If you’re under the age of 40 and haven’t created a will now, it’s never been a better time to do so. Meeting with an Alabama attorney is the first, and simplest, step toward creating a trust or will and setting your finances on the right track toward security. Also known as ‘advance directives’, the percentage of seniors who have completed their forms has increased from 47% to 72% in the past ten years. A qualified estate attorney drafting your documents can cost anywhere from $500 to $1,500, which is far less than your loved ones may have to deal with should worse come to worse. Meet with a will lawyer today and see how they can help create your peace of mind.

5 Ways to Handle a Truck Accident

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Millions of people lose their lives on the road each year, and a disproportionate amount of those people are involved in truck accidents. It’s not hard to see why. You don’t need all the truck accident information about incidents you hear on the news to deduce that in most truck accidents, the truck wins.
We’re going to level with you. We believe in the power of the personal injury lawyer, and loathe the term “ambulance chaser.” This is because there’s a lot a personal injury attorney could do for you, especially if you’ve been involved in one of these truck accidents. But we’re not going to lecture you about “what do lawyers do.” We’re going to tell you what you can do after a truck accident if you’re lucky enough to get out of it alive, so that whatever you decide, you’ll be empowered to go the distance.
1. Take pictures.
We live in an increasingly photo-obsessed era, and in the case of truck accidents, that’s actually a good thing. If you’ve been involved in a truck accident, have you or someone you trust take photos of the damage to your car, the accident site, and any injuries you suffered. Make sure these photos are taken as soon as possible after the accident, and make sure they’re time stamped. Even if you decide not to pursue legal action, this photo evidence will help the insurance companies do their work.
2. Ask if the truck driver was drinking.
Call the police to the scene of any accident. If you’re conscious, participate in creating the police report. At the very least, read the police report, and pay attention to the part about the legal drinking limit. There are 300 thousand drunk drives on the road on any given night, and they manage to injure someone every two minutes. If that person is you, you deserve to know.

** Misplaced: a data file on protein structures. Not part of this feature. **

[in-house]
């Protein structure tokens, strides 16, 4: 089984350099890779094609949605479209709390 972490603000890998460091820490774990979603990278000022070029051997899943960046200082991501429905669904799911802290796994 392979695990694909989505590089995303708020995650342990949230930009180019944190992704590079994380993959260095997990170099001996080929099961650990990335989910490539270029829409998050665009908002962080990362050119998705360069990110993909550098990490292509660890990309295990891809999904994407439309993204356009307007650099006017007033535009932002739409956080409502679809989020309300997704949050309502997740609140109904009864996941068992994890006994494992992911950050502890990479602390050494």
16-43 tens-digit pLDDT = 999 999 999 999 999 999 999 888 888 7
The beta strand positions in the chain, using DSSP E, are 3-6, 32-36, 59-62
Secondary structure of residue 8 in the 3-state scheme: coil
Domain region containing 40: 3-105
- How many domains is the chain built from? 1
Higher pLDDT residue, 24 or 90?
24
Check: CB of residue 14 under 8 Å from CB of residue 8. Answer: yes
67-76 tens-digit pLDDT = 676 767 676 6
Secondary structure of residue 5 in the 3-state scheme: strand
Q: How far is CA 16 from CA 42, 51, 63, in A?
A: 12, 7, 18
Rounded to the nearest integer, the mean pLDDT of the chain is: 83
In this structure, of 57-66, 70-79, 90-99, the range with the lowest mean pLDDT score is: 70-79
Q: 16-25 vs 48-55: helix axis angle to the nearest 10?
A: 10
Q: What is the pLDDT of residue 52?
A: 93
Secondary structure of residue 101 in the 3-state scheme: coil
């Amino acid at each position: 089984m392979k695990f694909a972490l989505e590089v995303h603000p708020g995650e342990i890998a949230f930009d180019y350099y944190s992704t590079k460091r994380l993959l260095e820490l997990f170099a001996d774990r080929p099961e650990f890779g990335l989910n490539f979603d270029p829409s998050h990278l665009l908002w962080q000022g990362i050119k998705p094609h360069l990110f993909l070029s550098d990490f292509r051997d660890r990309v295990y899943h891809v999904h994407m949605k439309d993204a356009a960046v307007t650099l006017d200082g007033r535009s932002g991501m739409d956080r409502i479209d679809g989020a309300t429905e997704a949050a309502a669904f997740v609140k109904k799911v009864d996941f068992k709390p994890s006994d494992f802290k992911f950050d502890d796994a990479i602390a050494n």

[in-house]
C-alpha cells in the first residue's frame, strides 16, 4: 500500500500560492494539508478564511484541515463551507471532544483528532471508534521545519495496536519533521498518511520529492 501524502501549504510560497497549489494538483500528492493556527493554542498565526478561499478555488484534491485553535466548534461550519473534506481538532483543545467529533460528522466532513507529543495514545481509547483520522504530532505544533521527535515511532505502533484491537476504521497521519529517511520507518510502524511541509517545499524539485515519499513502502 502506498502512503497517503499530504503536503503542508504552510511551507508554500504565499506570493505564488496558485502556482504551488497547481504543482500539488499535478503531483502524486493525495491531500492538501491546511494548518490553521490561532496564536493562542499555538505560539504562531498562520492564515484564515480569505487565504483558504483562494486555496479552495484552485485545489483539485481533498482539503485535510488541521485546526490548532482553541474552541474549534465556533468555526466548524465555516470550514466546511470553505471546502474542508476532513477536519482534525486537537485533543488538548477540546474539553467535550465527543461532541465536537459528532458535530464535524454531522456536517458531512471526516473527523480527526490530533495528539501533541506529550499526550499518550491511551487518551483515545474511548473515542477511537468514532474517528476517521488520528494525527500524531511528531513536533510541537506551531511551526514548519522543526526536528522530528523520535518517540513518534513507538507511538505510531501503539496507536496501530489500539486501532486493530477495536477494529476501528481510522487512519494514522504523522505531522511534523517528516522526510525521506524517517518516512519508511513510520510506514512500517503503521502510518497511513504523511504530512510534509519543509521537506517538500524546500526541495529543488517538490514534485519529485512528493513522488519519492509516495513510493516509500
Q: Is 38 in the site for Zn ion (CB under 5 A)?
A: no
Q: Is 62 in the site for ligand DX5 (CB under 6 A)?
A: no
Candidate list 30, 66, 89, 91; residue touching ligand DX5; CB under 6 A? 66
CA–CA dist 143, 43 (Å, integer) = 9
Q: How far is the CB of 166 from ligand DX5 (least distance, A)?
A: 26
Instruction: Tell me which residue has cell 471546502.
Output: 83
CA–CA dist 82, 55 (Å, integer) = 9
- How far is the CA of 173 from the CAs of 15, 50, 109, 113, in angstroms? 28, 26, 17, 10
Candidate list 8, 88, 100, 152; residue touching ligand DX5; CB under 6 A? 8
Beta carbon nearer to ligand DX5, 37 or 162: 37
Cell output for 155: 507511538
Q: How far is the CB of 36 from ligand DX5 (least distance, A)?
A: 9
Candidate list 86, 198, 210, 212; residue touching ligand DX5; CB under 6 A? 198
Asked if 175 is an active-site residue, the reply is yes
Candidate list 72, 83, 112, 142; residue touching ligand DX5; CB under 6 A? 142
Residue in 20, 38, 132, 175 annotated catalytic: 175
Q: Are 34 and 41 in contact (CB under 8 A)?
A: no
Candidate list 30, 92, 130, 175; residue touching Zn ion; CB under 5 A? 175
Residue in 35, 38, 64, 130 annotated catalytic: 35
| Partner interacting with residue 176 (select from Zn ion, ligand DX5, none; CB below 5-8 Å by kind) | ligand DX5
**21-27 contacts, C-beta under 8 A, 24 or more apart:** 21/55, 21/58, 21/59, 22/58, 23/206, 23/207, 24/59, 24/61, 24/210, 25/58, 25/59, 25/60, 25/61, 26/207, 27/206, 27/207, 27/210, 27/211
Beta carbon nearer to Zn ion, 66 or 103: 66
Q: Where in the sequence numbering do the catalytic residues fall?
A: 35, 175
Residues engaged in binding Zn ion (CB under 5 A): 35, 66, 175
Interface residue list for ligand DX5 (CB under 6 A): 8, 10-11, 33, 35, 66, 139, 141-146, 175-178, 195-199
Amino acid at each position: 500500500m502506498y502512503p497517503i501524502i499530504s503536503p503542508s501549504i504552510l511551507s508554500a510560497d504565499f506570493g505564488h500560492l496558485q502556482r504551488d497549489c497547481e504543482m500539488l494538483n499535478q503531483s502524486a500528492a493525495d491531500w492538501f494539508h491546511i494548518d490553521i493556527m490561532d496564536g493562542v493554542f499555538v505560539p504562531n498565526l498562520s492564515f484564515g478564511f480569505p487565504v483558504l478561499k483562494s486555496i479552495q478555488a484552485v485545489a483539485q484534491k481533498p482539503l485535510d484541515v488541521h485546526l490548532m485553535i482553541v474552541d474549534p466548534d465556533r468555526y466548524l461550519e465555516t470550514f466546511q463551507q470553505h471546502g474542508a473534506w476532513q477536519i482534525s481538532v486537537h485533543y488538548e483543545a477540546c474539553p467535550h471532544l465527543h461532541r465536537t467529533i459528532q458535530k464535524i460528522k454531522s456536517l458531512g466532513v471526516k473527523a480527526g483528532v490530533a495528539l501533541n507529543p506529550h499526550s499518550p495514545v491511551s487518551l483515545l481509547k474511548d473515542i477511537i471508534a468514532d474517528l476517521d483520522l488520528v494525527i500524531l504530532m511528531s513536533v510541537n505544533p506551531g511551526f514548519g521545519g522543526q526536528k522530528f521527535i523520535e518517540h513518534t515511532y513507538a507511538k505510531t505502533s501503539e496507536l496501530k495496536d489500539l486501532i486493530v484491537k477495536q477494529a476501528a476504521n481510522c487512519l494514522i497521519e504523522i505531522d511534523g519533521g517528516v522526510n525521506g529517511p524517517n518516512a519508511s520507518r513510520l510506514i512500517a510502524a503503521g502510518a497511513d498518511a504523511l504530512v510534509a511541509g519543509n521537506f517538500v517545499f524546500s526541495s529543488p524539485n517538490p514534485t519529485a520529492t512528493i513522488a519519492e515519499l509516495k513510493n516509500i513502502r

3. Ask if the truck driver was texting while driving.
These kinds of distractions contribute to injuries almost as much as drinking does! Don’t forget to ask about the phone when advocating for yourself.
4. Find out what truck company the driver was working for.
This may seem like a strange suggestion. After all, a truck is a truck, right? Wrong. Every truck company has its own set of rules and regulations. Most, but not all of them are in line with the law, but some are extra. Therefore, it could be that your driver was abiding by the law, but not by the stipulations of their contract when they caused you injury. Maybe they didn’t get the right amount of sleep, were taking a non-approved route, or had extra cargo in back that hindered their control of the vehicle. Either way, knowing where the driver works will make it far less likely that they will be involved in one of these truck accidents again, and make it far MORE likely that you’ll be compensated for the harm done to you.
5. Call a lawyer.
Many law firms offer free consultations and will give you honest advice about whether or not you have a case against the truck driver that involved you in an accident. We highly recommend taking all evidence to one of these law firms and pleading your case to them before you plead your case anywhere else.